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How to Fact-Check the Internet

Not everything you read online is accurate. This guide will help you separate fact from fiction.

The Center for Great Apes

If you think you wash your hands carefully, you should see Sandra the orangutan. Sandra uses a brush and soapy water to scrub her long fingers for nearly a minute at a time.

About a year ago, a video of Sandra went viral. A caption explained that the ape had learned to wash her hands after watching zookeepers do it during the Covid-19 pandemic. Thousands of people shared the story on social media.

But it turns out that the tale wasn’t exactly true. The ape’s handwashing was actually filmed in November 2019—before anyone knew about Covid-19.

The story is one in a long string of false or misleading claims that people have posted and shared online. Deciding what to believe can be a challenge. Here are our top tips for figuring it out.

TIP: Understand What Makes You Want to Share Shocking Content

  1. A friend shares a post that really grabs your attention. It might be the one about Sandra the orangutan washing her hands during the pandemic.

  2. You think, “This is so amazing!” Your emotions, or feelings, block out the part of your brain that might say, “Wait, is this true?” So you quickly share the post with your followers.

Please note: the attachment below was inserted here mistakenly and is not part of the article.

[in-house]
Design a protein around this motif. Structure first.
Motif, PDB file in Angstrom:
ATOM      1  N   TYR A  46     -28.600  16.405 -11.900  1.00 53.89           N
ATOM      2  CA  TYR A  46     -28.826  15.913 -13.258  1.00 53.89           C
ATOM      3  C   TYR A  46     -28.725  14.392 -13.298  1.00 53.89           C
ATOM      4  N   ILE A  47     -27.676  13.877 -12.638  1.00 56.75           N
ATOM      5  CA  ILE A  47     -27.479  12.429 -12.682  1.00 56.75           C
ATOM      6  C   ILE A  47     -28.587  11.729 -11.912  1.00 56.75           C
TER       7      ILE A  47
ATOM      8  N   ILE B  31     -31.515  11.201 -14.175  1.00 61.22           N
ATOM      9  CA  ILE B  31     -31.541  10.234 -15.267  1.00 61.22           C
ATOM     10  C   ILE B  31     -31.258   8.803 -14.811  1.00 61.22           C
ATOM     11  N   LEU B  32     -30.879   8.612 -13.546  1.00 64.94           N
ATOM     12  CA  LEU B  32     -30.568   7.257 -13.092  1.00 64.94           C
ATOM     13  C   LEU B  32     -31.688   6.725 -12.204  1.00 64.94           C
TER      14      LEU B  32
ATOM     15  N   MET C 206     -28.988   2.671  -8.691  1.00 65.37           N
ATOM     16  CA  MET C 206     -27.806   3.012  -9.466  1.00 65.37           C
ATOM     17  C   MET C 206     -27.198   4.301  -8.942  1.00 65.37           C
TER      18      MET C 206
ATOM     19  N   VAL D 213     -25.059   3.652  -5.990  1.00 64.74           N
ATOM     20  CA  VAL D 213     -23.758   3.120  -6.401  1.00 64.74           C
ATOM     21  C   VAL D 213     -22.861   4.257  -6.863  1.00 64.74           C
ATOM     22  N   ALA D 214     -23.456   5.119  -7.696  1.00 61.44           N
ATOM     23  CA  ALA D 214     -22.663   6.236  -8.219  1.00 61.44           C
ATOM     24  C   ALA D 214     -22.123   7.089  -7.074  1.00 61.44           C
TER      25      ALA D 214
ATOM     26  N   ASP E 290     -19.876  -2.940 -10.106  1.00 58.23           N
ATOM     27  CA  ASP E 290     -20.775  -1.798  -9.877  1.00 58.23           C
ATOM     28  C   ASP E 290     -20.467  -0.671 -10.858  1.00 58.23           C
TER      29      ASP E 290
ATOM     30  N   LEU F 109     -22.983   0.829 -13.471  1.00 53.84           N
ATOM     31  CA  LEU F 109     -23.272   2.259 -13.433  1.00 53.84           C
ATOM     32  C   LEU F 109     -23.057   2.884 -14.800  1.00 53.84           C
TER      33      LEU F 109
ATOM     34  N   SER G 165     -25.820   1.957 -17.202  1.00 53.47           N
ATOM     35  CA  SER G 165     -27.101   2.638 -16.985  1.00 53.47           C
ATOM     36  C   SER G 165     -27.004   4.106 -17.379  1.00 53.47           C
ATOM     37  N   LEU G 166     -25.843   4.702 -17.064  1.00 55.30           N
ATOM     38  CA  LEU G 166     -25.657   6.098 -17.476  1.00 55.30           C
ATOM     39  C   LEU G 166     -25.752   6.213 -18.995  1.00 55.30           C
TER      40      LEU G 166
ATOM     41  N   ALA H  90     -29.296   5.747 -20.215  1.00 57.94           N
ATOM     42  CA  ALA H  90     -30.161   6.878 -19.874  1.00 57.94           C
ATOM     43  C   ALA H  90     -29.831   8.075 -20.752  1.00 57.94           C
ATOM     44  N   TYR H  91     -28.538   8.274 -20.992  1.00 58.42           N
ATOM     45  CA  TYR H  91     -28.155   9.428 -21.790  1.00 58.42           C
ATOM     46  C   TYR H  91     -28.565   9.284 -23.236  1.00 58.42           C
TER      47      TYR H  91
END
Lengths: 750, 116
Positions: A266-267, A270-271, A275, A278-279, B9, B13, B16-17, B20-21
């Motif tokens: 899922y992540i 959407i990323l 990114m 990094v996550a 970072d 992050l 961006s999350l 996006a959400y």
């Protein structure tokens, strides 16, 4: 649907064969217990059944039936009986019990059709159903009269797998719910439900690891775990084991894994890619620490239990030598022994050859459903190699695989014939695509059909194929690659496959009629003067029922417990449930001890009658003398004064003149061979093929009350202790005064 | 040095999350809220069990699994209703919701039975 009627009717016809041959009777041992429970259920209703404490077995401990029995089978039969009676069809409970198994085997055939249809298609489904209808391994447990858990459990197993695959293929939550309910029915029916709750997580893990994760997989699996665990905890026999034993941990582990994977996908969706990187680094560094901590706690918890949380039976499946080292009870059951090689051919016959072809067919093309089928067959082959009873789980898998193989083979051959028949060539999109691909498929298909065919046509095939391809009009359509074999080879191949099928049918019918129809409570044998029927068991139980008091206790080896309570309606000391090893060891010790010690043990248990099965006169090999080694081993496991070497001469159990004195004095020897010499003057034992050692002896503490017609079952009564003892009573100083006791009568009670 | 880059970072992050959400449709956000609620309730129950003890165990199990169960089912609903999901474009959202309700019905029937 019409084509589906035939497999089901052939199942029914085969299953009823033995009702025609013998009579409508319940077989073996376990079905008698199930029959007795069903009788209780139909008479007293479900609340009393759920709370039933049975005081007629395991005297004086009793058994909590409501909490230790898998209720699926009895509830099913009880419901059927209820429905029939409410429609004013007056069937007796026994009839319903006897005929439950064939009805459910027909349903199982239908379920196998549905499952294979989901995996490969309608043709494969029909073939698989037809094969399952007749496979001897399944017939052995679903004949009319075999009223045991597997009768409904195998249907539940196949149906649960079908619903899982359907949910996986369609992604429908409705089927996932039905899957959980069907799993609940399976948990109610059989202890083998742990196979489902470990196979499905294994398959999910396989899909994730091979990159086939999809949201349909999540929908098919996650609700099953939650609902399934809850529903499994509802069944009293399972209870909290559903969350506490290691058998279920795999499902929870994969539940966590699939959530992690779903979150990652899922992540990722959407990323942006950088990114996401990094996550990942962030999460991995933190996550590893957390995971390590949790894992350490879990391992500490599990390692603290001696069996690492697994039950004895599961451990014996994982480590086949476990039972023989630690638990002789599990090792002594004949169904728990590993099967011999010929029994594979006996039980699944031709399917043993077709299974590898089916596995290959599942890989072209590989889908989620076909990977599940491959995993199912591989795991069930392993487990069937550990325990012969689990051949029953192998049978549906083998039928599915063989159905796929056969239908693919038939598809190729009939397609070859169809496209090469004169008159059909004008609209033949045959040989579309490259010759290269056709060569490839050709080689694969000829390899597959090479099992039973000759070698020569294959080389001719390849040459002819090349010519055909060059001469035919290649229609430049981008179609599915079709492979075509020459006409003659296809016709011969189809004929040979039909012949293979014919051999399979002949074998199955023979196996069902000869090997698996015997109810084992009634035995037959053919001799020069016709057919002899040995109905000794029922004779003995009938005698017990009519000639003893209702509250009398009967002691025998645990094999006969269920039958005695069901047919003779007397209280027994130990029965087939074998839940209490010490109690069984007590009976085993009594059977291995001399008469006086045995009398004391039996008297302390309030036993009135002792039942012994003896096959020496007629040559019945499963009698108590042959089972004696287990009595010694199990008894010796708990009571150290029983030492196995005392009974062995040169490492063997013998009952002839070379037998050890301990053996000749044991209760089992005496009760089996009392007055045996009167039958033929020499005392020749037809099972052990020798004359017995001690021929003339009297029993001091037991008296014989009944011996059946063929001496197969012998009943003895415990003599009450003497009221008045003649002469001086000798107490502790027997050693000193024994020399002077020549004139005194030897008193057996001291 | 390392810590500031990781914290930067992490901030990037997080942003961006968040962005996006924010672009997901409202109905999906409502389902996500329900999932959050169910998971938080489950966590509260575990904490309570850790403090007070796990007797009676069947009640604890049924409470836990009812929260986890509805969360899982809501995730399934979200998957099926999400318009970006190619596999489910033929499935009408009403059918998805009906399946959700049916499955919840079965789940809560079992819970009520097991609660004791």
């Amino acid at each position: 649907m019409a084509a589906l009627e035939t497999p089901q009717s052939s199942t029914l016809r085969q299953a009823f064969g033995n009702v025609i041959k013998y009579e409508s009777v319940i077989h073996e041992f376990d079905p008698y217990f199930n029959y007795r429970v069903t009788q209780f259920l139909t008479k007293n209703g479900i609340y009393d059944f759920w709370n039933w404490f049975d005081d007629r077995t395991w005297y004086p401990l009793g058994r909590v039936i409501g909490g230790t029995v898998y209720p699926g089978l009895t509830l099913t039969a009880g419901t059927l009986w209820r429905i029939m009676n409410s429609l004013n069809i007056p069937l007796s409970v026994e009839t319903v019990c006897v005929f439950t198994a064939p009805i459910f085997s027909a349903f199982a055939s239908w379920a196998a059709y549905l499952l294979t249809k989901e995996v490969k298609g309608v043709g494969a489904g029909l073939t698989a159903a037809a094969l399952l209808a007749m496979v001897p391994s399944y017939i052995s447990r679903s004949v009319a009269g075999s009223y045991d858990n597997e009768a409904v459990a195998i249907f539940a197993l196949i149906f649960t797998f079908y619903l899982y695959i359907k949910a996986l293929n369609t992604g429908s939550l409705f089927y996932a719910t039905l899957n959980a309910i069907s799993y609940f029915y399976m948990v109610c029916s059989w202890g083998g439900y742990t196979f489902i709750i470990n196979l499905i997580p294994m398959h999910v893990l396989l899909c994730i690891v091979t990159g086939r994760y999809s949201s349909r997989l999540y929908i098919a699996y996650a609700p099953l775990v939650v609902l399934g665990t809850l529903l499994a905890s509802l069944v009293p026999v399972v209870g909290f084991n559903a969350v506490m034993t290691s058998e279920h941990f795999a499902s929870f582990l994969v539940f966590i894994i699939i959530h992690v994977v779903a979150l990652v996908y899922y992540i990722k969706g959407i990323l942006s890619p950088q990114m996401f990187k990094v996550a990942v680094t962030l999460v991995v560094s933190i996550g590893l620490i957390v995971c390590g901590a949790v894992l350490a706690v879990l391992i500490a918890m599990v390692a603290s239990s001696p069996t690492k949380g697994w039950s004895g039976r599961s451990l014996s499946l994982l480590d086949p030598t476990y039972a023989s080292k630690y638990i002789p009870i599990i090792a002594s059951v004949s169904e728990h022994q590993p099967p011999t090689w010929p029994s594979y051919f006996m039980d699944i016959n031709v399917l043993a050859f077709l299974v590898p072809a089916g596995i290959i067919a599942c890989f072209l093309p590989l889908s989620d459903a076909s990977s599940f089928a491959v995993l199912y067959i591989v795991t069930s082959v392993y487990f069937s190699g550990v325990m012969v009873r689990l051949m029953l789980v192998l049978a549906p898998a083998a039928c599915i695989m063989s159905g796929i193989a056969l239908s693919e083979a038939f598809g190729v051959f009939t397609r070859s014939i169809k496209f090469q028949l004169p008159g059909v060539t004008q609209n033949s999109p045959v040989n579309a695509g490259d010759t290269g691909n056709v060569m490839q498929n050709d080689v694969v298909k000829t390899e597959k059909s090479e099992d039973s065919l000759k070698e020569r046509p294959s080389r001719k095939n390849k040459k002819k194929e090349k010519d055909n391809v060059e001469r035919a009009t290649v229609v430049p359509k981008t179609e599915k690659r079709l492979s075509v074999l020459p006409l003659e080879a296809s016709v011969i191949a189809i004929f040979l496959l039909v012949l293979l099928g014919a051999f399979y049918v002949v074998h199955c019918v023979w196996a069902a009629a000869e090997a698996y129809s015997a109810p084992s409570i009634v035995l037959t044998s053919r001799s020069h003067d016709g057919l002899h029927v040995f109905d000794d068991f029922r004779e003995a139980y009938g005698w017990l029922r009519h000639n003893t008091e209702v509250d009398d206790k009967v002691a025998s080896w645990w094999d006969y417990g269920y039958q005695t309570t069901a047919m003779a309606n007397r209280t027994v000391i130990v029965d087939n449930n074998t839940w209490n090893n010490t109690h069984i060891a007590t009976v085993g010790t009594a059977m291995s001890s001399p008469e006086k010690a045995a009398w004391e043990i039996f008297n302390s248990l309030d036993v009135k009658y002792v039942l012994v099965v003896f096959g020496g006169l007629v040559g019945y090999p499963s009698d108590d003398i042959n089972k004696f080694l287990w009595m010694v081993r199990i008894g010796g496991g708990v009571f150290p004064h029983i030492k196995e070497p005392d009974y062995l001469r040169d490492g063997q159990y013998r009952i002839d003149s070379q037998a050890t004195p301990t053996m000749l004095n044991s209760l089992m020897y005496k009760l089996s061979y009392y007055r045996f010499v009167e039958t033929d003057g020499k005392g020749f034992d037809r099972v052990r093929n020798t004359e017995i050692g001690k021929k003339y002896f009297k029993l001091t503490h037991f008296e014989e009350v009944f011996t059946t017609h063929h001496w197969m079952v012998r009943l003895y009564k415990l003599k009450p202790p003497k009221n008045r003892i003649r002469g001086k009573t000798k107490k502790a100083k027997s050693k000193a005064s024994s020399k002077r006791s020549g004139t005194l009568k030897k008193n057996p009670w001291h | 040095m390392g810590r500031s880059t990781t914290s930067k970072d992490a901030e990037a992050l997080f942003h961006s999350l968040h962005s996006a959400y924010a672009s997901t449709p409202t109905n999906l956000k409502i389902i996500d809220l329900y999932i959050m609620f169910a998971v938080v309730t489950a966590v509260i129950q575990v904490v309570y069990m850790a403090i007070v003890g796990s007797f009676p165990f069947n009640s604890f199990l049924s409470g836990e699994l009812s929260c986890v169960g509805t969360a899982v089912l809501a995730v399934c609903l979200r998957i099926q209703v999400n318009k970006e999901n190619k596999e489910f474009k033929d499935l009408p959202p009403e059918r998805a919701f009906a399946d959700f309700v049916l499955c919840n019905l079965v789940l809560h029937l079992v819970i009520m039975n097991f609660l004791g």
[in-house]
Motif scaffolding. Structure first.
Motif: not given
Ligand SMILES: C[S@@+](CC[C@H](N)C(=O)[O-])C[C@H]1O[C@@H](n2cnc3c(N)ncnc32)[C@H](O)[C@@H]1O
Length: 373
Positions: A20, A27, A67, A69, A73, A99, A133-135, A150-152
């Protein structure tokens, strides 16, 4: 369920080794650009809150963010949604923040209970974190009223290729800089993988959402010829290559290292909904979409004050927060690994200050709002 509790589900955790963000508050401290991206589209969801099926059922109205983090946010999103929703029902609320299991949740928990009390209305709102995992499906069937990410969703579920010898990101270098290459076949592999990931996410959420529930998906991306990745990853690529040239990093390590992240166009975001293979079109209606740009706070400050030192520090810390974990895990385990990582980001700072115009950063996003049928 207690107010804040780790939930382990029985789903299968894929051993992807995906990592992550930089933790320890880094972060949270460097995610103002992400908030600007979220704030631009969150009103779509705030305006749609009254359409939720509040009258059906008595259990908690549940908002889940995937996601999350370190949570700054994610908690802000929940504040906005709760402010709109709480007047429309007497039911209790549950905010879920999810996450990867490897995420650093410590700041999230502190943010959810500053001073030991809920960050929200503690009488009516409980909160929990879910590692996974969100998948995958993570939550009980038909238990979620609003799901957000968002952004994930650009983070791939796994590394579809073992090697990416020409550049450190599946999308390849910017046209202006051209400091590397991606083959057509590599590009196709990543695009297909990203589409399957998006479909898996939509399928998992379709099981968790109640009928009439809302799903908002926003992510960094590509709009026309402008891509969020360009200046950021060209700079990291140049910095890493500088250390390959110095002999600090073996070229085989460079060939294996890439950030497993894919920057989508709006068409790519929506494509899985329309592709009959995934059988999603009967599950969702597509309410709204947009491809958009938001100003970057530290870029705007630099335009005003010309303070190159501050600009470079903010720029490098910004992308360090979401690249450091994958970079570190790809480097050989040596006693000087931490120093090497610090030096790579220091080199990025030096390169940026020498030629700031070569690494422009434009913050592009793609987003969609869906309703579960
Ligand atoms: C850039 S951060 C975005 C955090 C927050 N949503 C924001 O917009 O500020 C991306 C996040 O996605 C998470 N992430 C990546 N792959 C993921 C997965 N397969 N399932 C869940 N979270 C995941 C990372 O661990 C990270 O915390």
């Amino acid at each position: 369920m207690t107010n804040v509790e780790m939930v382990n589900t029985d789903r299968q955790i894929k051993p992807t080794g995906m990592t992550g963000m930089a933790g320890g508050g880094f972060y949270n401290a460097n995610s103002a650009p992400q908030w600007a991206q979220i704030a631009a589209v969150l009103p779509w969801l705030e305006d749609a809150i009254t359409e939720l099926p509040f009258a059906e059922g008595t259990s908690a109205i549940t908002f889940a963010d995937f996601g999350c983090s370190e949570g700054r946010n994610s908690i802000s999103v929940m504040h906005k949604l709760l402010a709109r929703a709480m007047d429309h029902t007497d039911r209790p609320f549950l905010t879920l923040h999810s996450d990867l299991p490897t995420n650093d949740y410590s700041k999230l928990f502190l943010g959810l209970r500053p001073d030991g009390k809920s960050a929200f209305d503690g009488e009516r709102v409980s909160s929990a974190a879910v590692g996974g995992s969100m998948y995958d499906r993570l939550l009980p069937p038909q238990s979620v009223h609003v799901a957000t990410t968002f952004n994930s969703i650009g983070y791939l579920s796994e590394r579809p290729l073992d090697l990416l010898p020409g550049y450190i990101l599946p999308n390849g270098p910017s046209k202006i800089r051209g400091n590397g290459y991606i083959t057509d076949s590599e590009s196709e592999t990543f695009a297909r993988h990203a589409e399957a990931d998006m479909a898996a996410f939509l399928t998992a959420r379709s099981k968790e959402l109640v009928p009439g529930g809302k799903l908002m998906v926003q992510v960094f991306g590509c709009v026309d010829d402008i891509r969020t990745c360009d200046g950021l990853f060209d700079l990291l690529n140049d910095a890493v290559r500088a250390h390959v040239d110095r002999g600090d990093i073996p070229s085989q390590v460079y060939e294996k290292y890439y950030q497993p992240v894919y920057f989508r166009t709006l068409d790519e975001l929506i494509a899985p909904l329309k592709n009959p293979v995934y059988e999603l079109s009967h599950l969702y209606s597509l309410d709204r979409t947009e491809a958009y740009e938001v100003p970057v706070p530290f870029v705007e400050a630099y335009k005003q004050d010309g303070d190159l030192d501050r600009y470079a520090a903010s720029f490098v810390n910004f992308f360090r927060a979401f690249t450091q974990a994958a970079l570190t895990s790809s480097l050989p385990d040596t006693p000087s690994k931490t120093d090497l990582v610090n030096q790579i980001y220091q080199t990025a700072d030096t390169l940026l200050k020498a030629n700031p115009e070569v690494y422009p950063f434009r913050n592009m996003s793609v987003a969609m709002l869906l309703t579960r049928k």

3. When your followers see the post, they have the same emotional reaction that you did. So they share it with their followers. And the cycle goes on and on.

TIP: Ask Yourself: Am I Making These Common Mistakes?

Reading Only a Headline
One recent study found that 59 percent of social media links aren’t clicked on and read before they’re shared. Don’t just believe a headline. Take time to evaluate the post.

Thinking that First Means Best
The top result in an internet search isn’t always the most reliable source of information. Companies often pay to place ads for their sites at the top of the search results page.

Not realizing you’re Seeing an Ad
Look closely at posts, videos, and articles. If you see words like “sponsored content,” “paid post,” or “presented by,” someone is trying to sell you something.

TIP: “ACT” Like a Pro

Professional fact-checkers are a lot like detectives. They learn to evaluate evidence and to be skeptical of anything that seems off. Here’s how you can “ACT” like they do:

Learn how to use those skills with this fake Instagram post.

Is this the official account of the famous technology company? Is this even its real name and logo? (Answer: No!)

Any good source would tell you that Edison DID NOT invent the phone. And a giveaway this big would be reported by respected news sites.

Spelling and grammar mistakes like these are big red flags.

Should you trust a company that asks for private information in a public post? No! This looks like a scam.

1. What was false or misleading about the video of Sandra the orangutan?

2. What are some common mistakes people make when viewing information online?

3. Why should you be skeptical when viewing posts on the internet?

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